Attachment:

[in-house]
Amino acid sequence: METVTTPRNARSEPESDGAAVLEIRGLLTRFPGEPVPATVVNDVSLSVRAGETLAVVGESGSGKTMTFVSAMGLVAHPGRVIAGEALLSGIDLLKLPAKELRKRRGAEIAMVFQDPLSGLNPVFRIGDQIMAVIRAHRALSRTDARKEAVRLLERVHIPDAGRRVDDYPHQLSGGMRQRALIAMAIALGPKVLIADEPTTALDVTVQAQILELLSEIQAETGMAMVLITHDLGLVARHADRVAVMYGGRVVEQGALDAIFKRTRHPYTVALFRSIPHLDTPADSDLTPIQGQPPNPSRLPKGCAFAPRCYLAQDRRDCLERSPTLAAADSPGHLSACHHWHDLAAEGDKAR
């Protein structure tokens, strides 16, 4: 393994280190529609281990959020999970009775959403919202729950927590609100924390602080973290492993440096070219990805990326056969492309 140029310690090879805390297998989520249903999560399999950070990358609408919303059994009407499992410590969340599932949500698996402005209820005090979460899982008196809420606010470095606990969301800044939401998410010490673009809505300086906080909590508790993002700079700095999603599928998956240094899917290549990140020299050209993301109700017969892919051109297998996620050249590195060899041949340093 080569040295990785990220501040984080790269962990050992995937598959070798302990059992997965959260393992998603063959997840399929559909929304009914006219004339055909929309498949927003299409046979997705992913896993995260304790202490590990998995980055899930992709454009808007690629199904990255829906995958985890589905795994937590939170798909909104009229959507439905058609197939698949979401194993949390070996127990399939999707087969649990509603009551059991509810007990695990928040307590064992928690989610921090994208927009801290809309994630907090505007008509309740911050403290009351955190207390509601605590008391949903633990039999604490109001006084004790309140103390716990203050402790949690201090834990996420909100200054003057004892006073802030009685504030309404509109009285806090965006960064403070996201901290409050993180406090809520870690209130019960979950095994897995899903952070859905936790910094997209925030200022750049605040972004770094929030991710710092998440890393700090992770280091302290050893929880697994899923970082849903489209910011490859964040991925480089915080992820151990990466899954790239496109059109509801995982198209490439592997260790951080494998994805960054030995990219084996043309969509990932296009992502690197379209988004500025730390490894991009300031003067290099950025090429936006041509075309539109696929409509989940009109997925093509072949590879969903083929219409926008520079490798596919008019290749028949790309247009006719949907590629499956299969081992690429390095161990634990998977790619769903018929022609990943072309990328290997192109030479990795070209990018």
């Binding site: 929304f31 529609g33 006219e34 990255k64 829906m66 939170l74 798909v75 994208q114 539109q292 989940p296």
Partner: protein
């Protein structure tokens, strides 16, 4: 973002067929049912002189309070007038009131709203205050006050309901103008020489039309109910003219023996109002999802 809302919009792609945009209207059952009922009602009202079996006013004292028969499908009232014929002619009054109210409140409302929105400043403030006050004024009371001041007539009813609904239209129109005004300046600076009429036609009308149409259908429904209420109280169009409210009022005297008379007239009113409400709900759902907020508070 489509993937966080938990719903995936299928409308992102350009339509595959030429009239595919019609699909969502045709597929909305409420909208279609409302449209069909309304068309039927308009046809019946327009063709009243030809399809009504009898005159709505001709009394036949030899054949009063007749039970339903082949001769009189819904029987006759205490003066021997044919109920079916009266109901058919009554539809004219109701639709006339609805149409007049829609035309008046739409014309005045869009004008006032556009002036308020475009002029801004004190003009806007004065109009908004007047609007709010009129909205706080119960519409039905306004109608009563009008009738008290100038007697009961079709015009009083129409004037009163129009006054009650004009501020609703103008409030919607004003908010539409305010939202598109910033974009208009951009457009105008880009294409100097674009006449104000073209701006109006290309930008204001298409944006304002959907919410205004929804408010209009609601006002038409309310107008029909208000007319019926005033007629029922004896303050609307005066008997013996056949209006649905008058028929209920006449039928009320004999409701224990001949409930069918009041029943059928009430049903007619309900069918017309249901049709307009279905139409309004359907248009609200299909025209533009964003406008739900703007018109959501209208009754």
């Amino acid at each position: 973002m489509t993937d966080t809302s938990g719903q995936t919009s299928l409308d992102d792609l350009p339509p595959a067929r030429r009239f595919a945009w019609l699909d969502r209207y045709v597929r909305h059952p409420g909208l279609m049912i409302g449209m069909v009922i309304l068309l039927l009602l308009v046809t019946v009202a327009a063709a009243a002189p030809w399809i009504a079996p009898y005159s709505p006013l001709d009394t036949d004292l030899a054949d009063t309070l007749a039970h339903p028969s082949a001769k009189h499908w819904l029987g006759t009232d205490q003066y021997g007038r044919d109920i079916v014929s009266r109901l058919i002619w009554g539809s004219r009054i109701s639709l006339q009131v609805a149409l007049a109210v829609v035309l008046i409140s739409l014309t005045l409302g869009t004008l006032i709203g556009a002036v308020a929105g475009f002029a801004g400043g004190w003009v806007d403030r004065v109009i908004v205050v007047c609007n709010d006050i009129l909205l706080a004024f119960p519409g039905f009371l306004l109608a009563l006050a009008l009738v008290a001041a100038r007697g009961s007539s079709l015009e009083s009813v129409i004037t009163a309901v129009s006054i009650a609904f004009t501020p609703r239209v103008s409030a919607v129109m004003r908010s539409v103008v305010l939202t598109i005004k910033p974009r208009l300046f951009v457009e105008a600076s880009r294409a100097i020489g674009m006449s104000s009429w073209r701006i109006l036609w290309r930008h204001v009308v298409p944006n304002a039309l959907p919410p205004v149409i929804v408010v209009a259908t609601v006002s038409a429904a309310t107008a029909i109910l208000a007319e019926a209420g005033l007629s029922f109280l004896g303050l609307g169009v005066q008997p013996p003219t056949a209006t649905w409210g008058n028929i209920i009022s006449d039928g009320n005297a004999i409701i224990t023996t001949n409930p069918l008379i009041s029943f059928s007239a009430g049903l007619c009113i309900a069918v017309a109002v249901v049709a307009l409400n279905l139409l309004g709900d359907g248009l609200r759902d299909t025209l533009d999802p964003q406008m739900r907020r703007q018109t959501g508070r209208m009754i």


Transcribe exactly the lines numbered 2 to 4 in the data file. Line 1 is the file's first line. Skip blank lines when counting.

Amino acid sequence: METVTTPRNARSEPESDGAAVLEIRGLLTRFPGEPVPATVVNDVSLSVRAGETLAVVGESGSGKTMTFVSAMGLVAHPGRVIAGEALLSGIDLLKLPAKELRKRRGAEIAMVFQDPLSGLNPVFRIGDQIMAVIRAHRALSRTDARKEAVRLLERVHIPDAGRRVDDYPHQLSGGMRQRALIAMAIALGPKVLIADEPTTALDVTVQAQILELLSEIQAETGMAMVLITHDLGLVARHADRVAVMYGGRVVEQGALDAIFKRTRHPYTVALFRSIPHLDTPADSDLTPIQGQPPNPSRLPKGCAFAPRCYLAQDRRDCLERSPTLAAADSPGHLSACHHWHDLAAEGDKAR
């Protein structure tokens, strides 16, 4: 393994280190529609281990959020999970009775959403919202729950927590609100924390602080973290492993440096070219990805990326056969492309 140029310690090879805390297998989520249903999560399999950070990358609408919303059994009407499992410590969340599932949500698996402005209820005090979460899982008196809420606010470095606990969301800044939401998410010490673009809505300086906080909590508790993002700079700095999603599928998956240094899917290549990140020299050209993301109700017969892919051109297998996620050249590195060899041949340093 080569040295990785990220501040984080790269962990050992995937598959070798302990059992997965959260393992998603063959997840399929559909929304009914006219004339055909929309498949927003299409046979997705992913896993995260304790202490590990998995980055899930992709454009808007690629199904990255829906995958985890589905795994937590939170798909909104009229959507439905058609197939698949979401194993949390070996127990399939999707087969649990509603009551059991509810007990695990928040307590064992928690989610921090994208927009801290809309994630907090505007008509309740911050403290009351955190207390509601605590008391949903633990039999604490109001006084004790309140103390716990203050402790949690201090834990996420909100200054003057004892006073802030009685504030309404509109009285806090965006960064403070996201901290409050993180406090809520870690209130019960979950095994897995899903952070859905936790910094997209925030200022750049605040972004770094929030991710710092998440890393700090992770280091302290050893929880697994899923970082849903489209910011490859964040991925480089915080992820151990990466899954790239496109059109509801995982198209490439592997260790951080494998994805960054030995990219084996043309969509990932296009992502690197379209988004500025730390490894991009300031003067290099950025090429936006041509075309539109696929409509989940009109997925093509072949590879969903083929219409926008520079490798596919008019290749028949790309247009006719949907590629499956299969081992690429390095161990634990998977790619769903018929022609990943072309990328290997192109030479990795070209990018």
């Binding site: 929304f31 529609g33 006219e34 990255k64 829906m66 939170l74 798909v75 994208q114 539109q292 989940p296």